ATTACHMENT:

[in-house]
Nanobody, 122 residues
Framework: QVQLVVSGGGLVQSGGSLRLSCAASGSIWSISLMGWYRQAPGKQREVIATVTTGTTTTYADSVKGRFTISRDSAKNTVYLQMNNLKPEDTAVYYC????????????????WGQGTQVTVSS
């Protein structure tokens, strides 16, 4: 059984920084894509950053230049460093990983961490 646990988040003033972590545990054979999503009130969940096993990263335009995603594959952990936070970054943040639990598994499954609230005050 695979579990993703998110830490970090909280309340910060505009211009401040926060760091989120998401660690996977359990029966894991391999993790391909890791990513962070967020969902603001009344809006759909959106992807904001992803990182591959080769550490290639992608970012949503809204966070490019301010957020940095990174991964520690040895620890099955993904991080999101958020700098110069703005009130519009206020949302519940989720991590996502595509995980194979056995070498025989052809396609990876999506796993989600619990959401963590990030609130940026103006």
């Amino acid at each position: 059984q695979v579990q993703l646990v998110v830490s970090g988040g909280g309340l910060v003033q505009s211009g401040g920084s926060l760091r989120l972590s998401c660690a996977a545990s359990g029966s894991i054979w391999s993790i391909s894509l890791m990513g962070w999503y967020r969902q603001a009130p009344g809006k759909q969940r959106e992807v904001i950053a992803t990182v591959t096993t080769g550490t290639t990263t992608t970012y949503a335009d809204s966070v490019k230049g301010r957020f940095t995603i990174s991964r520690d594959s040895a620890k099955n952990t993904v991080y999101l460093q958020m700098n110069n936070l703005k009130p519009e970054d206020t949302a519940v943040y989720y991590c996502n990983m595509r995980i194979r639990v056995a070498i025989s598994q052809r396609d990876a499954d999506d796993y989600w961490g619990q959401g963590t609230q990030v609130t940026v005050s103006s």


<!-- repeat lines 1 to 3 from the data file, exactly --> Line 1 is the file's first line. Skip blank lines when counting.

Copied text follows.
[in-house]
Nanobody, 122 residues
Framework: QVQLVVSGGGLVQSGGSLRLSCAASGSIWSISLMGWYRQAPGKQREVIATVTTGTTTTYADSVKGRFTISRDSAKNTVYLQMNNLKPEDTAVYYC????????????????WGQGTQVTVSS